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Baths of Diocletian
- Baths of Diocletian
- Alt Name:
- Terme di Diocleziano
- Ancient Rome
- Southern Europe
- 300AD - 399AD
- Baths of Caracalla, Aula Ottagona,
about Baths of Diocletian
Once the largest ancient baths complex in the world, the Baths of Diocletian – or Terme di Diocleziano – was built between 298AD and 306AD in honour of the Roman Emperor Diocletian.
Set out along the traditional model of a Roman baths complex, the Baths of Diocletian contained a frigidarium (cold room), tepidarium (warm room) and caldarium (hot room or steam room) as well as additional large bathing chambers, gymnasiums and even a library. The baths themselves were a hugely impressive building project, particularly given how swiftly they were constructed. The majority of the water for the baths was supplied by the Acqua Marcia.
The key difference with other contemporary baths was simply a question of scale - it is believed that at their height the Baths of Diocletian could hold up to 3,000 people at a time.
Given the sheer size of the Baths of Diocletian, it is no surprise that the structure did not survive intact over the centuries. However, various elements of the baths survive - some standing as grand ruins, others having been incorporated into other buildings. It can therefore be difficult at times to distinguish between the original building, restored areas and more modern constructions built within the complex.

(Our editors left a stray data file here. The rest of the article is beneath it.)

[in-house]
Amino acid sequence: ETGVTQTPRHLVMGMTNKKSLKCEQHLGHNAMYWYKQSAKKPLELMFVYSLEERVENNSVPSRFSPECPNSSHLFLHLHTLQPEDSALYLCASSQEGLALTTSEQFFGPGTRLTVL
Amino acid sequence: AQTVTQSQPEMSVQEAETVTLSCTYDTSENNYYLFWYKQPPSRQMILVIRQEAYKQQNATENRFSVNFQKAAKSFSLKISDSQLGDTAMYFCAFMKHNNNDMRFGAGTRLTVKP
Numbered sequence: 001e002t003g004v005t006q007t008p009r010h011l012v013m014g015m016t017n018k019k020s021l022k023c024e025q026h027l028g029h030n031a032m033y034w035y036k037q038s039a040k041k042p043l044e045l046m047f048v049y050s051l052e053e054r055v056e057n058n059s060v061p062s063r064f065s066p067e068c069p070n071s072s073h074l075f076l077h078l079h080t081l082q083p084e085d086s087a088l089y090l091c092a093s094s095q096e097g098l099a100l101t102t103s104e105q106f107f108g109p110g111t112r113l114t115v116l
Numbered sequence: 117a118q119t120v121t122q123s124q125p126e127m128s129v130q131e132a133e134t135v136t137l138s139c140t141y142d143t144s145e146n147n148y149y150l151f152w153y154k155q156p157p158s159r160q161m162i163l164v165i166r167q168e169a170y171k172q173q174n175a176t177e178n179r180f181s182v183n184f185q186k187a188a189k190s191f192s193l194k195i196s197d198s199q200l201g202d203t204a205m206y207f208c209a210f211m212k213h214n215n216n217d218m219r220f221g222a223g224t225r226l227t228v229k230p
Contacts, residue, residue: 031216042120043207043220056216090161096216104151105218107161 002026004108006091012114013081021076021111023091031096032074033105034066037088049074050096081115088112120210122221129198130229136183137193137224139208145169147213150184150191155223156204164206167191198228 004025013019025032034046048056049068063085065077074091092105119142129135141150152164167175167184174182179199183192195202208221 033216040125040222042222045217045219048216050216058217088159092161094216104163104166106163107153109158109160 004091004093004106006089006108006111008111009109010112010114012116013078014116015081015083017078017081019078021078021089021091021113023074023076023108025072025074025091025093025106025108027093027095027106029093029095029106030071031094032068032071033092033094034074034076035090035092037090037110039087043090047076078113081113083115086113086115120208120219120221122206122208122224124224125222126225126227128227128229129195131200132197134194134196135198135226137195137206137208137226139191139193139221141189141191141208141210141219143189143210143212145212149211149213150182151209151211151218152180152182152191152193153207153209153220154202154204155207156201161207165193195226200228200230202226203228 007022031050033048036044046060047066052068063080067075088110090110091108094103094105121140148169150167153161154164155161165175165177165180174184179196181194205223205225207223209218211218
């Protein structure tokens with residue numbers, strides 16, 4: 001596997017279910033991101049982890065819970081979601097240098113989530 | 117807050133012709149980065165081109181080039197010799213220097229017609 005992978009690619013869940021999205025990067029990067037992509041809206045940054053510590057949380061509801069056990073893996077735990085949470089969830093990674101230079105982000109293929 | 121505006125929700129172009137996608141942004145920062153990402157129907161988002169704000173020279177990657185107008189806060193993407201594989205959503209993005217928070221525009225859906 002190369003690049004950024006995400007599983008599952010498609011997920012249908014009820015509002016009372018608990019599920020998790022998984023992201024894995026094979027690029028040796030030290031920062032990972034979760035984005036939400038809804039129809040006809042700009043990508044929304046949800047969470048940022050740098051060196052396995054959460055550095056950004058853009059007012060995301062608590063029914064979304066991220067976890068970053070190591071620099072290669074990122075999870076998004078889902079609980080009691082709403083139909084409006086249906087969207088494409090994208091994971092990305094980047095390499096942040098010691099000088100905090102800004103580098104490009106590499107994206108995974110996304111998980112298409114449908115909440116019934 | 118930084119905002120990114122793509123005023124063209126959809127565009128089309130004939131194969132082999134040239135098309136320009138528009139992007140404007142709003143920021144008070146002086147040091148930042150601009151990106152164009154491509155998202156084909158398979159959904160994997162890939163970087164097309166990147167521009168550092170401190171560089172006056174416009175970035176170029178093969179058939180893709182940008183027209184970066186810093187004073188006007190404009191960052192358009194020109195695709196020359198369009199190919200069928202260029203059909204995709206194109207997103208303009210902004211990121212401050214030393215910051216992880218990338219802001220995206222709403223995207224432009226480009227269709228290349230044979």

One of the key tourist attractions for those wishing to view the baths is the Museo Nazionale Romano - Terme di Diocleziano, which is part of the Rome National Museum (shown on map, above). This museum, opened in 1889, was built within the Baths of Diocletian and contains several collections from the ancient world. Although the museum contains many interesting exhibits, it gives little insight into the original baths themselves.
Probably the best place to view the actual structure, and get an idea as to the original scale of the Baths of Diocletian, is the well preserved Aula Ottagona. Also part of the Rome National Museum, it contains many artefacts found during the excavation. Though currently closed except when hosting an exhibition, it is the sheer scale and preservation of the structure that impresses most .
Other areas of the Baths of Diocletian can also be explored in the nearby Basilica Santa Maria degli Angeli e dei Martiri and Church of San Bernardo alle Terme.
Just as empires rise and fall so do entry fees and opening hours! While we work as hard as we can to ensure the information provided here about Baths of Diocletian is as accurate as possible, the changing nature of certain elements mean we can't absolutely guarantee that these details won't become a thing of the past. If you know of any information on this page that needs updating you can add a comment above or now.
Address: Terme di Diocleziano, Viale E. di Nicola 79, Rome
Phone: +39 06 39967700
The nearest metro station is Termini (lines A and B).
The Museo Nazionale Romano: Terme di Diocleziano is open from 9am–7.45pm. Closed Mondays. Also closed Dec 25, Jan 1, May 1. Entry costs €8 and covers access to other National Museum of Rome sites.
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